|Bantul the Great|
|Publisher||Deb Sahityo Kutir|
|Handa Bhonda, Nonte Phonte, Bahadur Beral (Korky the Cat, Danpite khadu aar tar chemical dadu|
Batul, Bantul, Batul the Great, or Bantul the Great (Bengali: বাঁটুল দি গ্রেট) is a popular Bengali comic strip character created by Narayan Debnath. Bantul the great is originally India's first untelevised superhero and was also inspired by the famous comics character Desperate Dan drawn by Dudley D. Watkins. It first appeared and still appears in a children's magazine called Shuktara and is widely read, not only by children but by adults as well. It has since appeared in a comic book format and as an animation series.
Narayan Debnath's first comic book characters in color were for the comic strip and book Batul The Great. By Debnath's admission, he thought up the idea of the superhero while returning from College Street, Calcutta. He has remarked that the character of Batul or Bantul was influenced by his friend Manohar Aich, the famous Bengali bodybuilder. The name came to him instantly and he thought up the figure of the protagonist rapidly. Initially, he did not know what he foresaw as a future for Batul or Bantul and did not give him any superpowers. This character is said to have similarities with Desperate Dan.
When the Bangladesh War of Liberation, also known as the Indo-Pakistani War of 1971 flared up, he was asked by the editors and publishers to add an aura of invincibility. Debnath was reluctant at first because he was worried about legal implications. On assurance, he made Batul a superhero. Bullets began to bounce off of him, much like Superman. Batul was still drawn by Debnath for Shuktara. It has been argued that the historical and cultural significance of Bantul is that he “became a symbol of formidability, a much needed push for the Bengalis in the Bangladesh Liberation War, 1971.”
The protagonist of the story, Batul or Bantul, is a superhero, with a well-built body and god-like strength. He is so strong that he can lift the whole earth, run through a wall breaking it to pieces, kill whales and sharks barehanded, and even missiles cannot pierce his chest. He has a great appetite and sometimes has a whale for his breakfast. Unlike other heroes, Batul or Bantul does not wear any attractive attire. Rather, he is always seen clad in a pink or orange vest and black shorts. He is the terror of dacoits and hooligans, and protects the good. Sometimes, Bantul's amazing strength is the cause of his downfall. This is especially true when he is trying to operate machinery, since he usually breaks it. Another example, depicted in the panel, shows him trying to ride a bull in a rodeo, but due to his weight, the legs of the bull get embedded in the ground. He is also a portrayed as an intelligent detective in the animation series.
Over the years, the strength of Batul or Bantul has also increased, with him now being able to even expand or contract the size of his body, having unlimited physical strength and even being able to lift the entire sun or any unmovable entity. He is now a combination of supreme intellect possessing an unmatched mental and physical strength. He is also known to be immune to the effects of the most powerful weapons, dark magic or any kinds of physical/mental manipulation. He is widely shown to be the savior of the good and the destroyer of hooligans, dacoits, monsters, evil scientists, cosmic beings and aliens. Bantul's updated powers in the animation series makes him one of the most powerful superheroes of modern times similar to the strongest incarnations of DC's Superman and Marvel's Thor.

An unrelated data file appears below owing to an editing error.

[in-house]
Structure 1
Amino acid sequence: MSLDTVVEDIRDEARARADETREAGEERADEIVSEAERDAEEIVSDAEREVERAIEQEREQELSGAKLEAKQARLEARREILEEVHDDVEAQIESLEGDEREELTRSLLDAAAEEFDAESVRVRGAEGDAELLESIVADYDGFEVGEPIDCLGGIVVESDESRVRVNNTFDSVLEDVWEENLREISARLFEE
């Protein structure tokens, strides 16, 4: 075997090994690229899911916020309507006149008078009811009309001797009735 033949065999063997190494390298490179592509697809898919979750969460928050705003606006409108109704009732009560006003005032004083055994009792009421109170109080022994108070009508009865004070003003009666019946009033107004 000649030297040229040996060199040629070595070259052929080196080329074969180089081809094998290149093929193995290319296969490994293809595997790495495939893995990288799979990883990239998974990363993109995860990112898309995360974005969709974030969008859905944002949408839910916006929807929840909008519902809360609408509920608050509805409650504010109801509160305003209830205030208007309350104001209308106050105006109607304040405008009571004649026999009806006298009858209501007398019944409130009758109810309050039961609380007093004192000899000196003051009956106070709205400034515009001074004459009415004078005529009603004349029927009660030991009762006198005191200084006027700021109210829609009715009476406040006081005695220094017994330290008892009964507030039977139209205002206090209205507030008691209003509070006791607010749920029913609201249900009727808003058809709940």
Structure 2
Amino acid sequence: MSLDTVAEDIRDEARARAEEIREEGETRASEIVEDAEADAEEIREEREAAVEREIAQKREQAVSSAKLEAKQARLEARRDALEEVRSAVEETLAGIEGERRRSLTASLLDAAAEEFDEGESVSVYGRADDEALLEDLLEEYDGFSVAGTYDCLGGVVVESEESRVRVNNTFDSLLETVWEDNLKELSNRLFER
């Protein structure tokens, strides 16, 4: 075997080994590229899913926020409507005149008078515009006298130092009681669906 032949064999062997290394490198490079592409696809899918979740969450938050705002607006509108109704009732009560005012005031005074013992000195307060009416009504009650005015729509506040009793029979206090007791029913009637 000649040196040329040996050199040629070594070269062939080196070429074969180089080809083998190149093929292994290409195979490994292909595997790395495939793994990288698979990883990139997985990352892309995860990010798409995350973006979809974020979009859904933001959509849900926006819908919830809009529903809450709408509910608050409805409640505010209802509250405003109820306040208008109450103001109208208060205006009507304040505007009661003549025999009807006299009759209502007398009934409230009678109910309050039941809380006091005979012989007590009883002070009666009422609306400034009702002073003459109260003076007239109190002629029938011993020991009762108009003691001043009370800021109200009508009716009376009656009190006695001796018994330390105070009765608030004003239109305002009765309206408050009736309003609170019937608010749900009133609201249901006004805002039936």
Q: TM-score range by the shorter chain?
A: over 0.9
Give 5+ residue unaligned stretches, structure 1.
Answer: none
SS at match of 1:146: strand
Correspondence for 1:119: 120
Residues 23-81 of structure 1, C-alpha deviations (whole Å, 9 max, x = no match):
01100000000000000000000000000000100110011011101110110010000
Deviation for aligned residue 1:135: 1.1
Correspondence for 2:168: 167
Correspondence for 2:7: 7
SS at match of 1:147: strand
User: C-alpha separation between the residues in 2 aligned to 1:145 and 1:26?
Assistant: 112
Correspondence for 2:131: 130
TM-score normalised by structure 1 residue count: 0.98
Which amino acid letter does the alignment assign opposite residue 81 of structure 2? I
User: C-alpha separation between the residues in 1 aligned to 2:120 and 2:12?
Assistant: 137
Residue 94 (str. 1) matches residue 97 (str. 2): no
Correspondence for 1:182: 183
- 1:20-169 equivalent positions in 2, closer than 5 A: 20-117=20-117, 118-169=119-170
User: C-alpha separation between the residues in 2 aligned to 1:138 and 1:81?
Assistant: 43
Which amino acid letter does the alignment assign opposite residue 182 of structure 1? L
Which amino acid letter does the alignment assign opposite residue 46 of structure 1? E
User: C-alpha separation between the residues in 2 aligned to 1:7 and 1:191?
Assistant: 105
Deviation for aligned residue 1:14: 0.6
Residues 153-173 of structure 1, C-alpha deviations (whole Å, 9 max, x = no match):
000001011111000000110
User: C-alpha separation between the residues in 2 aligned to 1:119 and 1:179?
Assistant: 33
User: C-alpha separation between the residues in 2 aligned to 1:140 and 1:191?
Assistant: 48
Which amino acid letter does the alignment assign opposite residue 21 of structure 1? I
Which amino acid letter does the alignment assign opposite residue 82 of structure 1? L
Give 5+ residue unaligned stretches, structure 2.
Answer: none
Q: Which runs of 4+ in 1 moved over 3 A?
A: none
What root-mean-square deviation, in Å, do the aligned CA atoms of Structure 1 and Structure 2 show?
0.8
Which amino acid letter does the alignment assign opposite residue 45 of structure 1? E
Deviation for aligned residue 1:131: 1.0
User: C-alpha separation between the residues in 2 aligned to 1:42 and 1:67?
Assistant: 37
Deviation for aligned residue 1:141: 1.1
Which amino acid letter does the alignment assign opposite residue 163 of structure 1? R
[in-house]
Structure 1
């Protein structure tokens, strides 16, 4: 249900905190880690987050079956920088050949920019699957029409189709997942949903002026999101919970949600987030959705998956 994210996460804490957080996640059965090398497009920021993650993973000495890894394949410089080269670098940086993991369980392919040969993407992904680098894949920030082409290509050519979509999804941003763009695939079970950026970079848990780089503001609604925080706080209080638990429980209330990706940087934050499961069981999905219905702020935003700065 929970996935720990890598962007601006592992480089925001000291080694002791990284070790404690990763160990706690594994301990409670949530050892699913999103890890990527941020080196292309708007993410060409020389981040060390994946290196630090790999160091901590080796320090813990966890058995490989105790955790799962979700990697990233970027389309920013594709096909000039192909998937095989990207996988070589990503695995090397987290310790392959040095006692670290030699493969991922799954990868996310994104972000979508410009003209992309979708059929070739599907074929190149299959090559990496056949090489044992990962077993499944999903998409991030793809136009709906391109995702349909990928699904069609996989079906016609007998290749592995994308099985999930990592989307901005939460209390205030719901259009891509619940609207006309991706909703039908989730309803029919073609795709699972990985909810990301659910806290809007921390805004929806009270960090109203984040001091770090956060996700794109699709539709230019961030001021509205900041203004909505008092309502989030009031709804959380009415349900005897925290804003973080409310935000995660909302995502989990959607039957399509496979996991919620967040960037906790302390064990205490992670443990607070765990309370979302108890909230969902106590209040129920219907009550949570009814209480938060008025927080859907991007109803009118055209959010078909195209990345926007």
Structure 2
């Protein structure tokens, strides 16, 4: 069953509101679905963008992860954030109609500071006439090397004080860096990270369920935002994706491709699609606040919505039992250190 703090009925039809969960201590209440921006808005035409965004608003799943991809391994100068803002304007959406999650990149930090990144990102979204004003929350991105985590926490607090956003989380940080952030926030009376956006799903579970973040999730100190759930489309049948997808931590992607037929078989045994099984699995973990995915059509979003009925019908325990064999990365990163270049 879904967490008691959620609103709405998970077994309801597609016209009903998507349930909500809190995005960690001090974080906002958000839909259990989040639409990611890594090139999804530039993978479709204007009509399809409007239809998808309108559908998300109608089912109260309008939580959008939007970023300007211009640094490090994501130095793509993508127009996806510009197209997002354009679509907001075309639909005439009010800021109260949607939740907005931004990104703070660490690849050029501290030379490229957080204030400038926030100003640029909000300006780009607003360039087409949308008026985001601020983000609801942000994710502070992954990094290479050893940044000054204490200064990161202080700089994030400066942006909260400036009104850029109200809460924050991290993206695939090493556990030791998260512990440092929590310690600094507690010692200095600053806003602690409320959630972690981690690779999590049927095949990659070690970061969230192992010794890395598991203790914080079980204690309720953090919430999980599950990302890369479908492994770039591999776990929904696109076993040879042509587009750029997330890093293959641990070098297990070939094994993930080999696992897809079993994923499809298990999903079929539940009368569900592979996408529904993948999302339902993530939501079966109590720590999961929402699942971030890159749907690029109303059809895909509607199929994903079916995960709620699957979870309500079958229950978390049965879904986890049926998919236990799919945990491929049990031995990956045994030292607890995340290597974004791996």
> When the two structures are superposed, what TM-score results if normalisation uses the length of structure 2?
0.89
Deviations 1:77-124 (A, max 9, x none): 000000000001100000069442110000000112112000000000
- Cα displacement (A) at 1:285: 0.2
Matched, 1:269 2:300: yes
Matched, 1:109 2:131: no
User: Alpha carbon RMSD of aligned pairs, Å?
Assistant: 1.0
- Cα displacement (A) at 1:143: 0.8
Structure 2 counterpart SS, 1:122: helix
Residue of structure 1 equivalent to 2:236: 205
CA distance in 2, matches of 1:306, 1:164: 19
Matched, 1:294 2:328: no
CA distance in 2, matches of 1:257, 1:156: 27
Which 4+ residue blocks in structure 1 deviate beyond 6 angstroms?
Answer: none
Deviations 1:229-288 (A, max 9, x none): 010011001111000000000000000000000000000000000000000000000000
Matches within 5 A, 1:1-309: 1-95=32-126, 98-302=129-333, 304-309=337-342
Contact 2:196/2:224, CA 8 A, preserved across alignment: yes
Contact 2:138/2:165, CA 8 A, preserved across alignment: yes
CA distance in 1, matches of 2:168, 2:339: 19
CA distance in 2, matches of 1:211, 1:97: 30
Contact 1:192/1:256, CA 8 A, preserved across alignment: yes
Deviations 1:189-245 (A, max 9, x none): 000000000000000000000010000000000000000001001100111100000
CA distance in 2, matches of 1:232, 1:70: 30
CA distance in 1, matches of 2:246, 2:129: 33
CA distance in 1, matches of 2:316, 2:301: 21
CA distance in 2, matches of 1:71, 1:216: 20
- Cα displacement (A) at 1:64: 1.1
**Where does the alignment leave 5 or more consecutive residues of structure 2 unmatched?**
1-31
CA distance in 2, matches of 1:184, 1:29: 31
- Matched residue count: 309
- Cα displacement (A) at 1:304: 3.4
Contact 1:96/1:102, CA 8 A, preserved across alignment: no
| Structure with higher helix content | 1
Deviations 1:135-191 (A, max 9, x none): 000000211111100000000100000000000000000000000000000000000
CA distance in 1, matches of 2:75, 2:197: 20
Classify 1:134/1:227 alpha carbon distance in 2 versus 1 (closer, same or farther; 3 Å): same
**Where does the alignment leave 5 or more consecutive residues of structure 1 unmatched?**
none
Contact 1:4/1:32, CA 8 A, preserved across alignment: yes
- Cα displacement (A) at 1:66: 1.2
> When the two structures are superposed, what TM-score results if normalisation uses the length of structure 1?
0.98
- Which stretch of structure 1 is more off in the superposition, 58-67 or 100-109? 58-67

With Bantul stays two mischievous boys viz. Bachhu (Bengali: বাচ্চু) and Bichchu (Bengali: বিচ্ছু) (also sometimes referred to as Goja গজা and Bhoja ভজা ), who regularly play truant at school, often conspire with robbers and commit daring crimes like bank robberies. Other characters in the comic strip include Lambakarna, who has long ears and superhuman hearing;Nitaida, who is a servant of Batobyal Sir. Batobyal Sir is also a very close neighbor of Batul. Batul's aunt, who cooks food for him; Batul's formidable pet dog Vedo, and a pet ostrich, Uto. He can also ignite flames and also be immune to its effects.
Animation Voice Artist
|Character Name||Voice Artist Name|
|Batul/Bantul||[Kharaj Mukherjee(at first ),Naren Bhattacharjee(Now)]|
|Bachhu/Gaju||[Rudranil Ghosh(at first time),Rupan Dasgupta (Now)]|
|Bichhu/Bhoju||[Kanchan Mallick(at first time),Arijit Bhadra (Now)]|
- "Bangur residents get Puja park gift". The Times of India. Retrieved 13 January 2016.
- "Batul the Great". Retrieved 13 January 2016.
- "Artist Narayan Debnath Draws 'Batul the Great' Perfectly for a Mental Function Test, Wows Doctors". News18. 2021-02-03. Retrieved 2021-12-13.
- "Comics Vs Animation - Ebela". Retrieved 13 January 2016.
- Deb, Debasish (November 11, 2007). "How Bantul was born". The Telegraph - Calcutta : Metro. Archived from the original on November 13, 2007.
- D. Ghosh Dastidar, “Prospects of Comic Studies in India,” Gnosis 3 (2019), 113–128 (116).
- Chatterjee, Sourav. "The Itineraries of a Medium: Bengali Comics, and New Ways of Reading," in Interdisziplinäre Zeitschrift für Südasienforschung (Nr. 5), 2019.
- Chatterjee, Sourav. "Masculinity in the Bengali Comic Strips of the 1960s," in Trajectories of Popular Expression: Forms, Histories, Contexts, Eds. N. Sethi and A. Saha, 2018.
- Chatterjee, Sourav. "“YES SIR!” 50 years of Nationalism and the Indo-Pak War in Narayan Debnath's Bñātul the Great," in The International Journal of Comic Art, Vol. 18, No. 1, Ed. John Lent (Pennsylvania: Spring, 2016).
- Chatterjee, Sourav. "Batul: the Great Disciplinarian," in The International Journal of Comic Art, Vol. 17, No. 2, Ed. John Lent (Pennsylvania: Fall/Winter, 2015).